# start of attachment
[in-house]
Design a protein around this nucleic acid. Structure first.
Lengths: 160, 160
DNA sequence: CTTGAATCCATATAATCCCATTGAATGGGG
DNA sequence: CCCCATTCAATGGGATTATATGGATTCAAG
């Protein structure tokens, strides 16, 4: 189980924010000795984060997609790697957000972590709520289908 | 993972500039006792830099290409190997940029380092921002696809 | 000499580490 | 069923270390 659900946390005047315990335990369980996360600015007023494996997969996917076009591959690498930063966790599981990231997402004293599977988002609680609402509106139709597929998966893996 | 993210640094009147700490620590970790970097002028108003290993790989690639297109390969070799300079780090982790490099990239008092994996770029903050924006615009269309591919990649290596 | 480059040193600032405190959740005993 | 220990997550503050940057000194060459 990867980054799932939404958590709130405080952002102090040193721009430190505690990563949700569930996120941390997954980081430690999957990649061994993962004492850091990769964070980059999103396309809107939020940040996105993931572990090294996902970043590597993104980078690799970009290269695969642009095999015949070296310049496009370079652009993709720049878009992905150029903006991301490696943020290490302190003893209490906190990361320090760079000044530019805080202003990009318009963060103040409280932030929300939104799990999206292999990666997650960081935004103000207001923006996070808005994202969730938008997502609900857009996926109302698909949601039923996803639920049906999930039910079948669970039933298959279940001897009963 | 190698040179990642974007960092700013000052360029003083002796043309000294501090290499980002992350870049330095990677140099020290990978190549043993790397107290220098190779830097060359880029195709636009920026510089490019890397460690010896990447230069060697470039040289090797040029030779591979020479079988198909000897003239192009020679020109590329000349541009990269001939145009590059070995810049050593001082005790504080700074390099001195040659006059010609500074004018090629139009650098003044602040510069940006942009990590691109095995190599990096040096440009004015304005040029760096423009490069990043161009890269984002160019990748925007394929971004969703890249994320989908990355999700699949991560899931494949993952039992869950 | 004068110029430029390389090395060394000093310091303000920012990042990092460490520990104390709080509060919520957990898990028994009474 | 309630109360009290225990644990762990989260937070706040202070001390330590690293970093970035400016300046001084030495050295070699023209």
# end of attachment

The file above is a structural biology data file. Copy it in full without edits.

[in-house]
Design a protein around this nucleic acid. Structure first.
Lengths: 160, 160
DNA sequence: CTTGAATCCATATAATCCCATTGAATGGGG
DNA sequence: CCCCATTCAATGGGATTATATGGATTCAAG
């Protein structure tokens, strides 16, 4: 189980924010000795984060997609790697957000972590709520289908 | 993972500039006792830099290409190997940029380092921002696809 | 000499580490 | 069923270390 659900946390005047315990335990369980996360600015007023494996997969996917076009591959690498930063966790599981990231997402004293599977988002609680609402509106139709597929998966893996 | 993210640094009147700490620590970790970097002028108003290993790989690639297109390969070799300079780090982790490099990239008092994996770029903050924006615009269309591919990649290596 | 480059040193600032405190959740005993 | 220990997550503050940057000194060459 990867980054799932939404958590709130405080952002102090040193721009430190505690990563949700569930996120941390997954980081430690999957990649061994993962004492850091990769964070980059999103396309809107939020940040996105993931572990090294996902970043590597993104980078690799970009290269695969642009095999015949070296310049496009370079652009993709720049878009992905150029903006991301490696943020290490302190003893209490906190990361320090760079000044530019805080202003990009318009963060103040409280932030929300939104799990999206292999990666997650960081935004103000207001923006996070808005994202969730938008997502609900857009996926109302698909949601039923996803639920049906999930039910079948669970039933298959279940001897009963 | 190698040179990642974007960092700013000052360029003083002796043309000294501090290499980002992350870049330095990677140099020290990978190549043993790397107290220098190779830097060359880029195709636009920026510089490019890397460690010896990447230069060697470039040289090797040029030779591979020479079988198909000897003239192009020679020109590329000349541009990269001939145009590059070995810049050593001082005790504080700074390099001195040659006059010609500074004018090629139009650098003044602040510069940006942009990590691109095995190599990096040096440009004015304005040029760096423009490069990043161009890269984002160019990748925007394929971004969703890249994320989908990355999700699949991560899931494949993952039992869950 | 004068110029430029390389090395060394000093310091303000920012990042990092460490520990104390709080509060919520957990898990028994009474 | 309630109360009290225990644990762990989260937070706040202070001390330590690293970093970035400016300046001084030495050295070699023209």